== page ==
Use the orange wood sticks to scrape off any polish that you may get onto the skin. Keep the polish from touching the cuticle. If the polish painted onto the cuticle, the oil from the skin will cause the product to lift from the nail plate or chip in that area.

Start with the same finger each time to ensure that it has a few minutes to aid in drying time. If you do not allow the polish to dry to some extent, the polish will be wet again once the next layer is applied. (Again, State Board wants a manicurist to start with the little finger and end with the thumb on both hands.)

Step 4: Flame Prepping

You Need: 3 Colors of Polish, Dropper (Or Dotting Tool)

For this step, you will need to make sure that your main background color polish is at least 90% dry. This nail art design for flames is important to have the nail almost completely dry due to polish re-wetting after another layer is applied. You will need to take a dropper and add a thick stripe of color horizontally across the nail on the free edge of each color. The colors need to touch.

Once you have the thick stripes onto the nail, use the dotter (aka dropper) to swirl the paint upwards into flame patterns. Be creative and ensure that all three colors are seen in the flame design. If you go down to far with the tool and scrape the background to where you are able to see the natural nail in the design, then all you have to do is gently push some of the flame polish over the 'hole'.

Step 5: Gems

You Need: Top Coat, Gems, Tweezers or Dotting Tool

This is where you will add your gems. In order to get the gems to stick to your nail, paint on a thin layer of Top Coat where you would like your gems to be. Use tweezers for the gems, or you are able to dap the dotter tool into a tiny, minute dip of Top Coat to get the gem to stick to the dotter in order to get it to the nail plate. Allow this to dry for a minute or two. Just long enough that the Top Coat is not too runny for the next step.

Step 6: Top Coat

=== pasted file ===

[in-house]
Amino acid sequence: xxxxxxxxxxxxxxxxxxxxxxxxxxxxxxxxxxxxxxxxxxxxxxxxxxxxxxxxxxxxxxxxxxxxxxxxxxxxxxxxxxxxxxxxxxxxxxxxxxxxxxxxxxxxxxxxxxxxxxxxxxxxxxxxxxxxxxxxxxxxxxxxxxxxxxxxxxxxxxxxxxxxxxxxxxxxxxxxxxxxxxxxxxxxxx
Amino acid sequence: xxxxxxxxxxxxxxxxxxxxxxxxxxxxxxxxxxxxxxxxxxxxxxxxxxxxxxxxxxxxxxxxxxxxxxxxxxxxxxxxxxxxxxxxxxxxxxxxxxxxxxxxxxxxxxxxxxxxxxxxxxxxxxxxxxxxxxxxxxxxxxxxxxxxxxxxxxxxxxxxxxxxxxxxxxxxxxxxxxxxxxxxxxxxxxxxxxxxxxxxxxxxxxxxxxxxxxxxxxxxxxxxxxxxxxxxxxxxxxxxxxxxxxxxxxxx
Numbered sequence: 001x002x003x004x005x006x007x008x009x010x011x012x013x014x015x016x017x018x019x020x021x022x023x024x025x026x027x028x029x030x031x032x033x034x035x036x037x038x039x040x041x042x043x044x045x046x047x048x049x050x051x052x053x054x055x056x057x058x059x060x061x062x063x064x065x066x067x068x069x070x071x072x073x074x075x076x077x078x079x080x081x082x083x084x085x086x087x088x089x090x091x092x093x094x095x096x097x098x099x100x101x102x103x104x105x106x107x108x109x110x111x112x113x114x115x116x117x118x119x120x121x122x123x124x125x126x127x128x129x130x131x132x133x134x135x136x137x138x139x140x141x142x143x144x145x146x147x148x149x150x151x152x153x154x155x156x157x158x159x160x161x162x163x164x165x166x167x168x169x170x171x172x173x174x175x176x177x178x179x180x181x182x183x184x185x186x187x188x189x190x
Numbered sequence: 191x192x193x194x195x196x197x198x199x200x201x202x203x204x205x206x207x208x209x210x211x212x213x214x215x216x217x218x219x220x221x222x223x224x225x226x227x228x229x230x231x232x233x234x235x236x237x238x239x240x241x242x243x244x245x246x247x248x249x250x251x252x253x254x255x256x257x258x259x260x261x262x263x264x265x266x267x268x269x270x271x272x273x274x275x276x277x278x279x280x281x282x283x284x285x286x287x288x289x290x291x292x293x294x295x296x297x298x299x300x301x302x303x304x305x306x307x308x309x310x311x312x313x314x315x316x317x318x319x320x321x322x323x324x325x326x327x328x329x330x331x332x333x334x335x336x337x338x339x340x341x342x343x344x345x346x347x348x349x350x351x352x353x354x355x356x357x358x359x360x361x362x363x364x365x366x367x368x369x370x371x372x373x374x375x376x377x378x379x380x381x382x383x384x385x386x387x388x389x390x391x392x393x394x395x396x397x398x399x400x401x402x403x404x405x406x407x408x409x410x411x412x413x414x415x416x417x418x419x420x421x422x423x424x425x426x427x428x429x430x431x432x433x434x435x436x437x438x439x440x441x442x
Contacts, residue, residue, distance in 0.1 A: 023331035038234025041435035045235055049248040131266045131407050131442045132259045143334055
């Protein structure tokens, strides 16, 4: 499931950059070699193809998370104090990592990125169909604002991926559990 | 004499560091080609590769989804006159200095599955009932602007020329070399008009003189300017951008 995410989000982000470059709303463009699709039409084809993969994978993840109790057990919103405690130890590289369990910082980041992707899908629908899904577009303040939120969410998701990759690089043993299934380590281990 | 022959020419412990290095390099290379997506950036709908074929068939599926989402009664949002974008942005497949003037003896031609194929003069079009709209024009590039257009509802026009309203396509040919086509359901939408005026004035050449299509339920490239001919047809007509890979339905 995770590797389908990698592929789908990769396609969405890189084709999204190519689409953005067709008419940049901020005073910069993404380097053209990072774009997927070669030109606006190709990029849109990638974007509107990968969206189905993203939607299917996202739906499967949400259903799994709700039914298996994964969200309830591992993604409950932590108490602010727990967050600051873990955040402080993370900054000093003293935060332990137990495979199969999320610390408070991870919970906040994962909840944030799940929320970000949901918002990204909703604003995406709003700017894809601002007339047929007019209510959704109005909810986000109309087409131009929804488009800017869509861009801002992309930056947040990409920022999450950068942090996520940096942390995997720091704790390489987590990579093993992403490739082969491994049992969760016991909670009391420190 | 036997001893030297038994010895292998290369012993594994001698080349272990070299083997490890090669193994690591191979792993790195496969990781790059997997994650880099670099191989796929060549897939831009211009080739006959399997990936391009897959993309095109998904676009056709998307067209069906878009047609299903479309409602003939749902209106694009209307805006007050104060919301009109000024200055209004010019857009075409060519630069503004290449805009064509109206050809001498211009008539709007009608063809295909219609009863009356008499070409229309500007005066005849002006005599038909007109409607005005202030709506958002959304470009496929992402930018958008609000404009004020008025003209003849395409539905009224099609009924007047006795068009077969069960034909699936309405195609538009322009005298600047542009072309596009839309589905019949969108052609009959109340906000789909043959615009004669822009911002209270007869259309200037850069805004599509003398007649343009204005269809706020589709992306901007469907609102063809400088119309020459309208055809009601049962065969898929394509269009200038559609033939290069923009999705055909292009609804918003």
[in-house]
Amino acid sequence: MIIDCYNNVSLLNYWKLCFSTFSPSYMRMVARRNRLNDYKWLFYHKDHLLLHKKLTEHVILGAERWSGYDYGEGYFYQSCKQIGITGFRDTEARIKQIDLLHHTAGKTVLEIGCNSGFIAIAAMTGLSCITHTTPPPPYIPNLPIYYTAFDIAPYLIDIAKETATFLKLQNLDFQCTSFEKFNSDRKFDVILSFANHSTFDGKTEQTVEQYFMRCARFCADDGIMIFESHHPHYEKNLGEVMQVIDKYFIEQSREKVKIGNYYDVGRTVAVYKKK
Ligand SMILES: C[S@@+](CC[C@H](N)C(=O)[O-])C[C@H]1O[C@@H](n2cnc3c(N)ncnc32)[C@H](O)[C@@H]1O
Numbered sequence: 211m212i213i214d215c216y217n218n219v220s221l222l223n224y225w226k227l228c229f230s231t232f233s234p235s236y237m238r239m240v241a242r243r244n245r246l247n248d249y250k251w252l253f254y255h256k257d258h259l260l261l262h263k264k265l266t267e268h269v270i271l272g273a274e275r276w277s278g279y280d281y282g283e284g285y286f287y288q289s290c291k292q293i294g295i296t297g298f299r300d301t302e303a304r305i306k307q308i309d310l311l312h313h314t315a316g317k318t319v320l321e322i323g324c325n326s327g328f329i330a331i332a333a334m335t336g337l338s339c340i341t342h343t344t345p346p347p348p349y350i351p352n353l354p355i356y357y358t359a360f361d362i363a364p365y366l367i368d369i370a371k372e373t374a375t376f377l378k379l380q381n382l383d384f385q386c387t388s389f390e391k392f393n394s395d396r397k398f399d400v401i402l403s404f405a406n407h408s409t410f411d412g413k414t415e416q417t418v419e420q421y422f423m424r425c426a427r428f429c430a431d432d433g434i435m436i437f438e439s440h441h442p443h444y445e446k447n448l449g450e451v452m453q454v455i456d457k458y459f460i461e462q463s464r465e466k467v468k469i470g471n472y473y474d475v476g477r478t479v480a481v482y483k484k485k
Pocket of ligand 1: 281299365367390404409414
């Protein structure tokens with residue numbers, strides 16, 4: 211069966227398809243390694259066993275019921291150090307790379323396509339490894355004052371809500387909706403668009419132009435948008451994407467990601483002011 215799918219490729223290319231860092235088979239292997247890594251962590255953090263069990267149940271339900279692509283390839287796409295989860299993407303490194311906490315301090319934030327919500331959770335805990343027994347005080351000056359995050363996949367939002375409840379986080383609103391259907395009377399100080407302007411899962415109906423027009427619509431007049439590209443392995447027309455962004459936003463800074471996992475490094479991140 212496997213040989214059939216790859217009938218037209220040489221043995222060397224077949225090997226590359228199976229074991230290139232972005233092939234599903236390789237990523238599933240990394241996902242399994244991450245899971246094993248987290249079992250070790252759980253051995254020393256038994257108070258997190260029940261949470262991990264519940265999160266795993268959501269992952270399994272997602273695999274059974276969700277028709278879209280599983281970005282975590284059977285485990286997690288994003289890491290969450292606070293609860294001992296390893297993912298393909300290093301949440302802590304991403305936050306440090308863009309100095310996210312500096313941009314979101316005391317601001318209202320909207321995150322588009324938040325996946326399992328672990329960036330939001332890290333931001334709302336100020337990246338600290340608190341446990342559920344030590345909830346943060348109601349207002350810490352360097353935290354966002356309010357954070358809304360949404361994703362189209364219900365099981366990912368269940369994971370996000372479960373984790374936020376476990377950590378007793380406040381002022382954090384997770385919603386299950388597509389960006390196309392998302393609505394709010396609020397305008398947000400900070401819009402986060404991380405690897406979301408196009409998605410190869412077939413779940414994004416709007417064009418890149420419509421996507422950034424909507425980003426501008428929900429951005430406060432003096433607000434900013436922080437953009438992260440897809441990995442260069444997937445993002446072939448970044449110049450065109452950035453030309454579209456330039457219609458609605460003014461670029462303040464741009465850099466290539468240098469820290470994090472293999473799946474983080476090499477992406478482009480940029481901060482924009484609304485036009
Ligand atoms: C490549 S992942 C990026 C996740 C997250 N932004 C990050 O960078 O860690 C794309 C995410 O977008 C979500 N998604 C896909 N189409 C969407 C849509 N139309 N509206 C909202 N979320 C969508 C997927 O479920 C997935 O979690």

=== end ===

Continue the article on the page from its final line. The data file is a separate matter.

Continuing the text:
You Need: Top Coat, Orange Wood Sticks

You will need to make sure you allow the flames to dry before you use the Top Coat. If you apply the Top Coat on the nail art design before the flames are dry, then you will smudge the flames and the nail art flame design will be ruined. It takes approximately 30 minutes for nails to dry; however, 10 minutes will be adequate enough for the Top Coat. Ensure that you do not ruin the flame nail art design by rubbing the Top Coat brush too hard onto the nail art design.

After applying the Top Coat to the flame nail art design, allow the nails to completely dry before using your hands. Just as my educator has taught me, "Nails are jewels; not tools."

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© 2014 Heather Marie


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    • graveyard-rose profile imageAUTHOR

      Heather Marie 

      4 years ago from St. Louis, MO

      LOL trust me I def understand! I have a lot on my plate and never remember to wear gloves either.. There was a time ppl thought my nails were fake they were so perfect.. Well, now I have twin toddlers, work, homeschool my 11 year old daughter... blaaaah busy busy busy.. I'm lucky if I get to pluck my eyebrows! lol

    • Nancy Owens profile image

      Nancy Owens 

      4 years ago from USA

      I have trouble maintaining my manicure. I forget to wear gloves when working outside. Because of this, usually I opt to just trim and buff my nails so they shine. Hopelessly lost!